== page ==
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Raoult’s Law - Practice Questions & MCQ

Edited By admin | Updated on Sep 25, 2023 25:23 PM | #NEET

Quick Facts

  • 23 Questions around this concept.

Solve by difficulty

Consider a binary mixture of benzene and toluene, which exhibits negative deviation from Raoult's Law.

Assertion: Non-ideal solutions showing negative deviation from Raoult's law have stronger intermolecular forces between unlike  molecules.

Reasoning: When two different substances are mixed, they may experience either positive or negative deviations from Raoult's law. In the case of negative deviation, the vapour pressure of the solution is lower than predicted by Raoult's law. This happens because the intermolecular forces between unlike molecules are stronger than those between like molecules. As a result, the attractive forces between the molecules in the solution are stronger, causing them to stick together more tightly and making it harder for them to escape into the vapour phase. Therefore, the assertion is true, and the reasoning provides a logical explanation for it.

A binary mixture of acetone and chloroform is found to exhibit negative deviation from Raoult's Law. The mole fraction of acetone in the mixture is 0.6, and the vapour pressure of pure acetone and pure chloroform are 350 mmHg and 200 mmHg, respectively. What is the vapour pressure of the mixture?

A binary liquid solution is prepared by mixing n - heptane and ethanol. Which one of the following statements is correct regarding the behaviour of the solution ?

Concepts Covered - 2

Non-Ideal Solution Showing Negative Deviation from Raoult's Law

Negative deviation is seen when total vapour pressure for any mole fraction is less than that expected from Raoult's law. This happens when the new interactions are stronger than the interactions in the pure components (A-B} > A-A or B-B interactions).

  • ΔH = -ve, ΔV = -ve
  • It forms maximum boiling azeotrope, for example, CHCl3 + CH3COCH3. For such solutions ΔV and ΔH are negative.

Example

  1. Chloroform + benzene
  2. Acetone + aniline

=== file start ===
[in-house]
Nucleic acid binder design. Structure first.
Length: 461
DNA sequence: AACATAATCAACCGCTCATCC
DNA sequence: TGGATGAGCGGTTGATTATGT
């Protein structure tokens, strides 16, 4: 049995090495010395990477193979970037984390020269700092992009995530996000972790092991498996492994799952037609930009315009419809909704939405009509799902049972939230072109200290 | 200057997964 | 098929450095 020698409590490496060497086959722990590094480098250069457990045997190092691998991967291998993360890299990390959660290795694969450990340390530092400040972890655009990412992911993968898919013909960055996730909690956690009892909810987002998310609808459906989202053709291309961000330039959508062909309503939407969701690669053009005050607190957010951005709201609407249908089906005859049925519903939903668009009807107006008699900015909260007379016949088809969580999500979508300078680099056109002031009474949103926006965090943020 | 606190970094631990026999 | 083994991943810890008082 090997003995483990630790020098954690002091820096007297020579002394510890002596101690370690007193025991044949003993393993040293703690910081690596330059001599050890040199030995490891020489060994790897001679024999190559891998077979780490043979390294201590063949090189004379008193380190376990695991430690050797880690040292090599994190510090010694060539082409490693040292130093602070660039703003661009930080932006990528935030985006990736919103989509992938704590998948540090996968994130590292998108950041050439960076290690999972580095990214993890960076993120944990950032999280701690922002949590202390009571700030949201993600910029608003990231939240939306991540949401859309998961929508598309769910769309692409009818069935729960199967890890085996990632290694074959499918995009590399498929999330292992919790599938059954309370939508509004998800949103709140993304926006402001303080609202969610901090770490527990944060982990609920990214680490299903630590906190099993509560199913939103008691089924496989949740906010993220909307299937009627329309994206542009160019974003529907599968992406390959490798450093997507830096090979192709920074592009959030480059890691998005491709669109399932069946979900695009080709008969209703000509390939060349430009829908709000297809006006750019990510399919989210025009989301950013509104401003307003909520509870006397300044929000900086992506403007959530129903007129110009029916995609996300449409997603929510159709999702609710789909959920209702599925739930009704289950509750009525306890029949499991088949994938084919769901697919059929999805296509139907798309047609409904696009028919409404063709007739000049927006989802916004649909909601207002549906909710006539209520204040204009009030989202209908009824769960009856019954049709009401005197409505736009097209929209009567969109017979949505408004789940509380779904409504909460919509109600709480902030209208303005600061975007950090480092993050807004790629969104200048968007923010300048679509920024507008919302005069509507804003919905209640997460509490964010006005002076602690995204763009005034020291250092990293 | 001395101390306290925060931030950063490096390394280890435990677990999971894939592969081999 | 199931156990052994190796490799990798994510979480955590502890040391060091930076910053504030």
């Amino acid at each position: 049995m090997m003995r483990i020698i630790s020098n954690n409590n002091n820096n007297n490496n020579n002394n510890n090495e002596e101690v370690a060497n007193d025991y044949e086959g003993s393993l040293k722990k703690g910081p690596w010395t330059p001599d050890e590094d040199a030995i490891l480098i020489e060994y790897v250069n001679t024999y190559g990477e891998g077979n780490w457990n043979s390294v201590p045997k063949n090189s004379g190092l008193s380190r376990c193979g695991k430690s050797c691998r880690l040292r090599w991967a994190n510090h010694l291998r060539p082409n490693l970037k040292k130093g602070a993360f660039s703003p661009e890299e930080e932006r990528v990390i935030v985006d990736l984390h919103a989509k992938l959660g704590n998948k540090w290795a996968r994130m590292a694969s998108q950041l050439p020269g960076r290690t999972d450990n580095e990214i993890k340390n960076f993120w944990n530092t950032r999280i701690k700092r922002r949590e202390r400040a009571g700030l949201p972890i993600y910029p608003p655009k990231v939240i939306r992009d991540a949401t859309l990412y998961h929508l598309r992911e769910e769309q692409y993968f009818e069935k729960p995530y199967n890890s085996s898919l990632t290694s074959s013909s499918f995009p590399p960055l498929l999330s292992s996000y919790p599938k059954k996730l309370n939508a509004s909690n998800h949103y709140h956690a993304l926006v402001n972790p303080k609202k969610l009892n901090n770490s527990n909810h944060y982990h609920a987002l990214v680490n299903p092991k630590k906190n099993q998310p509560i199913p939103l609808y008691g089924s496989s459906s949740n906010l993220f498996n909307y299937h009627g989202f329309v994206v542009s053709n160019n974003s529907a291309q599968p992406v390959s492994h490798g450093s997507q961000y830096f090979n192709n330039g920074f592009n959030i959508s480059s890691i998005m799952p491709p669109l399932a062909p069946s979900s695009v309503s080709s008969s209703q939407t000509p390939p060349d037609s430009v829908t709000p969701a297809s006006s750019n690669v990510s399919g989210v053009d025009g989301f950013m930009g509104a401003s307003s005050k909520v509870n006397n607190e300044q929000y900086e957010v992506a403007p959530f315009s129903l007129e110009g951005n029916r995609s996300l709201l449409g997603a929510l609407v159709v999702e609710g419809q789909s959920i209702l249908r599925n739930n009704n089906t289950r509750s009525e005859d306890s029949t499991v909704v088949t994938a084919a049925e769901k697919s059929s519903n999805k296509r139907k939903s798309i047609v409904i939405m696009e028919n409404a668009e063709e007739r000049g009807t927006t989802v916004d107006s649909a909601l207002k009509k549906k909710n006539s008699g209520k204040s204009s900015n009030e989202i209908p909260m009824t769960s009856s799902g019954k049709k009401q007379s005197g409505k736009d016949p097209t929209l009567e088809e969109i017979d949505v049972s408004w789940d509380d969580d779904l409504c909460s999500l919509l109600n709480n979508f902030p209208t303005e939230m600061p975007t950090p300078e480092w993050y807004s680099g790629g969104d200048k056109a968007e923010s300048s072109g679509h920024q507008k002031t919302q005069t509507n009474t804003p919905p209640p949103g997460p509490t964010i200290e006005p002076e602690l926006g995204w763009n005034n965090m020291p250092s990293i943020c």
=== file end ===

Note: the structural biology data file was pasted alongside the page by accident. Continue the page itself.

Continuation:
3. Nitric acid HNO+ water
  4. Acetic acid + pyridine
  5. CH3OH + Acetone

For such solutions: ΔV and ΔH are negaative.
Here, (V.P)obs < (VP)exp
(B.P)obs > (B.P)exp
PA < PAoXA
PB < PBoXB
PT < PAoXA + PBoXB

Here ΔS has less value while ΔG has more -ve value and the values of other colligative properties increase.

Non-Ideal Solution Showing Positive Deviation from Raoult's Law

Positive deviation occurs when total vapour pressure for any mole fraction is more than what is expected according to Raoult's law. This happens when the new interactions are weaker than the interaction in the pure component (A-B < A-A or B-B interactions).

  • ΔH = +ve, ΔV = +ve
  • It forms minimum boiling azeotropes, for example, C2H5OH + cyclohexane. The H-bonding present in pure C2H5OH are cut off on adding cyclohexane.
    For such solution, ΔV and ΔH are positive.
    Here, (V.P)obs > (VP)exp
    (B.P)obs < (B.P)exp
    PA > PAoXA
    PB > PBoXB
    PT > PAoXA + PBoXB
  • Here Hydrogen bonds are broken or weakened. Here ΔS is more while ΔG has less -ve value and the values of other colligative properties also decrease.
  • Here minimum boiling point azeotrope mixture is formed.

Examples:

  1. C2H5OH + cyclohexane
  2. Acetone + carbon disulphide
  3. Acetone + benzene
  4. Acetone + Ethylalcohol
  5. Carbon tetrachloride + chloroform or Toluene
  6. Methylalcohol + water
  7. Water + Ethylalcohol

Study it with Videos

Non-Ideal Solution Showing Negative Deviation from Raoult's Law
Non-Ideal Solution Showing Positive Deviation from Raoult's Law

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